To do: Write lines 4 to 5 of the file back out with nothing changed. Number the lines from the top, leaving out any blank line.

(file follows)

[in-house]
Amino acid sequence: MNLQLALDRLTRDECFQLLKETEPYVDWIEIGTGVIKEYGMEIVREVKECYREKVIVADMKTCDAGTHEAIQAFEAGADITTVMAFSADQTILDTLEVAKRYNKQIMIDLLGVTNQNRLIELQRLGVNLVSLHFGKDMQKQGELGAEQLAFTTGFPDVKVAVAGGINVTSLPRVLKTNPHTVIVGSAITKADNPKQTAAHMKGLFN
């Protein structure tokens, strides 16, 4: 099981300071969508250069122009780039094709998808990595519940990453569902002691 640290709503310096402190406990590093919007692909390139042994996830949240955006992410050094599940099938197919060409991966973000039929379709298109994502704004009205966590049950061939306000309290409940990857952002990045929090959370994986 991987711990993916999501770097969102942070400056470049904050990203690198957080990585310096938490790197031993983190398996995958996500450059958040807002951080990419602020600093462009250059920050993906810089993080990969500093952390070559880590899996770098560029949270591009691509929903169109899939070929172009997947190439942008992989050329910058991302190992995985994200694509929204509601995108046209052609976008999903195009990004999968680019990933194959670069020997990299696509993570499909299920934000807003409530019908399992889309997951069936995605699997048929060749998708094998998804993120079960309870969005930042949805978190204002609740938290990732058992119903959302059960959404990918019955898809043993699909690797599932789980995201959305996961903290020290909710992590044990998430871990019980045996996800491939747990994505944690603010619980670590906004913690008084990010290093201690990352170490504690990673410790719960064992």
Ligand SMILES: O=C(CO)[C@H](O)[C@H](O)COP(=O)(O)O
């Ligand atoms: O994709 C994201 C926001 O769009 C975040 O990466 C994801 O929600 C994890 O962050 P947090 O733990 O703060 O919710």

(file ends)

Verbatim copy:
Ligand SMILES: O=C(CO)[C@H](O)[C@H](O)COP(=O)(O)O
């Ligand atoms: O994709 C994201 C926001 O769009 C975040 O990466 C994801 O929600 C994890 O962050 P947090 O733990 O703060 O919710």